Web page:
Prostate cancer affects 15% to 20% of North American men. Living with a cancer diagnosis can be frightening and anxiety-inducing, but at the same time there exists a hopeful phenomenon called the “teachable moment.” The teachable moment describes cancer patients’ increased likelihood of accepting and acting on their health care provider’s lifestyle change recommendations because of their diagnosis. Vancouver Coastal Health Research Institute scientist Dr Ryan Flannigan is currently studying whether the teachable moment offers an opportunity to get prostate cancer patients into a regular exercise routine that may change the genetic expression and molecular makeup of their tumor and improve their diagnosis.
Dr Flannigan is a urologist focused on men’s health at Vancouver General Hospital and senior research scientist at the Vancouver Prostate Centre. He is also clinical lead of the Prostate Cancer Supportive Care Sexual Medicine Program, British Columbia, director of the Male Infertility & Sexual Medicine Research Program, and assistant professor in the Department of Urologic Sciences at UBC.
There have been a number of research studies on a population level that have identified the association between exercise and reduced risk for acquiring prostate cancer, prostate cancer-specific mortality, and delayed disease progression. Studies have also shown a connection between regular exercise and improved quality of life for patients in terms of alleviating treatment-associated side effects such as fatigue and decreased muscle strength and physical function.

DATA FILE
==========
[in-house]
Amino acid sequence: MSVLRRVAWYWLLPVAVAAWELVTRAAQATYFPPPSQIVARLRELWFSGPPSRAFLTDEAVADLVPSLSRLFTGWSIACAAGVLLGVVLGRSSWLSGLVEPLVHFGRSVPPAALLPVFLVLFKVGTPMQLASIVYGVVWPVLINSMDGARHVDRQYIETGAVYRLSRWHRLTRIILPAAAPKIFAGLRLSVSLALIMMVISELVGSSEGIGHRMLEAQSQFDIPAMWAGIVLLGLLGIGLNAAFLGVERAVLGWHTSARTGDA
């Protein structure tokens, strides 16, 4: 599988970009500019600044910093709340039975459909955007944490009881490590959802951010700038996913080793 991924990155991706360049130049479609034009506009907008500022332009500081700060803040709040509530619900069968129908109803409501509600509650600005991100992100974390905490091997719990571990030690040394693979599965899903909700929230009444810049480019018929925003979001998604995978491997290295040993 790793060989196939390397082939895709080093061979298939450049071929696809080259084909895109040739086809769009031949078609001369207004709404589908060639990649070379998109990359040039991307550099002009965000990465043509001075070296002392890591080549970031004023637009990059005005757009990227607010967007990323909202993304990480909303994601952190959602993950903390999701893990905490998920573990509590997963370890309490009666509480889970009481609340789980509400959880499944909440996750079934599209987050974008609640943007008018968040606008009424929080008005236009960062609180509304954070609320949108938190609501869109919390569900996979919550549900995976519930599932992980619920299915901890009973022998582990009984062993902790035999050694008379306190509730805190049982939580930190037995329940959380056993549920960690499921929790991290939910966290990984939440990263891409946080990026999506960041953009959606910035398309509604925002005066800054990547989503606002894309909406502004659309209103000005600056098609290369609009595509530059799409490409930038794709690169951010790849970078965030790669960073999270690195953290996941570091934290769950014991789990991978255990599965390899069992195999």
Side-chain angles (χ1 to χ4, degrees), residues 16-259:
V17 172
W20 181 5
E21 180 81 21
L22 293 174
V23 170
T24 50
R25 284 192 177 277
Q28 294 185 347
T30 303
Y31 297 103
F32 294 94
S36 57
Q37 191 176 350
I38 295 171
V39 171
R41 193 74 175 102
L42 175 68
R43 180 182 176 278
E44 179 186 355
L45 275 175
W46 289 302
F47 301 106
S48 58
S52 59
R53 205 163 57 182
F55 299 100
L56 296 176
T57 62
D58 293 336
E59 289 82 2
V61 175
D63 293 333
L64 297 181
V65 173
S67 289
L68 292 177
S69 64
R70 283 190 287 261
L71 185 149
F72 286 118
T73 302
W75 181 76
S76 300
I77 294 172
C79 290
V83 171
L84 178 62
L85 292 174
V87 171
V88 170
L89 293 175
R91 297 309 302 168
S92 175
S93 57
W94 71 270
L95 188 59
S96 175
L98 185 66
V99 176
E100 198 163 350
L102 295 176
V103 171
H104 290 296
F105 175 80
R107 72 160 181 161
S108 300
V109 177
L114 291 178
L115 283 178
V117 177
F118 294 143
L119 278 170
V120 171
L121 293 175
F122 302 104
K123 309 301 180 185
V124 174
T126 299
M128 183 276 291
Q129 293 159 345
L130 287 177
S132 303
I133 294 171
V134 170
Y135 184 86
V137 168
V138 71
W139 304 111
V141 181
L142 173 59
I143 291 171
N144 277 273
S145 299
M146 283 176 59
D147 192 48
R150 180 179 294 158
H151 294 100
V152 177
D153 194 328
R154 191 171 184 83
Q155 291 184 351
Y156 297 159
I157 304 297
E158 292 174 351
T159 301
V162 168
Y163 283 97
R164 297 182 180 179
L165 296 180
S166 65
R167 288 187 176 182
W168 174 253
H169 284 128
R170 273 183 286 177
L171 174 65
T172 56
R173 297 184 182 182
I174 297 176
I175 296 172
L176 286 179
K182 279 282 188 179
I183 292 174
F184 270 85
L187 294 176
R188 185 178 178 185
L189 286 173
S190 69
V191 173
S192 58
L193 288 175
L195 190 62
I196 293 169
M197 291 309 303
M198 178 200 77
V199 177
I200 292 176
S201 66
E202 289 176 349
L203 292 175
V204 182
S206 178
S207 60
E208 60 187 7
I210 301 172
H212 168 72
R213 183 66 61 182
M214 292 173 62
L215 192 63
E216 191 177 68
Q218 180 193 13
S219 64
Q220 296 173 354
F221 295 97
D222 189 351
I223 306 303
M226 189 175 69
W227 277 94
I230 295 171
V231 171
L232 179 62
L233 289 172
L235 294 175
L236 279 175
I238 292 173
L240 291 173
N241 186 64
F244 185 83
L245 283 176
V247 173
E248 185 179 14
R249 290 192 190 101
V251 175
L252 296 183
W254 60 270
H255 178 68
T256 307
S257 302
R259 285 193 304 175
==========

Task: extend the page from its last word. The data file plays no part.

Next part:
Dr Flannigan’s study participants were 20 men diagnosed with immediate-risk prostate cancer, meaning eventual surgery to remove the prostate gland. Ten participants were randomly assigned to an 8- to 12-week exercise intervention completed prior to surgery. The intervention comprised two 1-hour sessions of supervised resistance and aerobic training per week, as well as home aerobic training at least twice weekly. The other 10 participants received standard prostate cancer care that included education about healthy exercise and diet.
The study found that introducing exercise during the teachable moment (after diagnosis and before surgery) led to increased physical activity among participants 6 months postsurgery and well after the exercise intervention period. The study also found that prostate cancer–specific quality of life and depressive symptoms were similar 6 months after surgery as before surgery.
Studies using animal models have demonstrated decreased tumor activity following exercise treatments. For example, research suggests that exercise may interfere with oxygen delivery in prostate cancer tumor microcirculation and tumor proliferation, decreasing chances of the cancer spreading to other parts of the body and delaying tumor growth.
As part of their study, Dr Flannigan and his team are testing participants’ tumor specimens to see if there are any changes resulting from the exercise intervention. They hope to have preliminary molecular and genetic study results by summer 2020.
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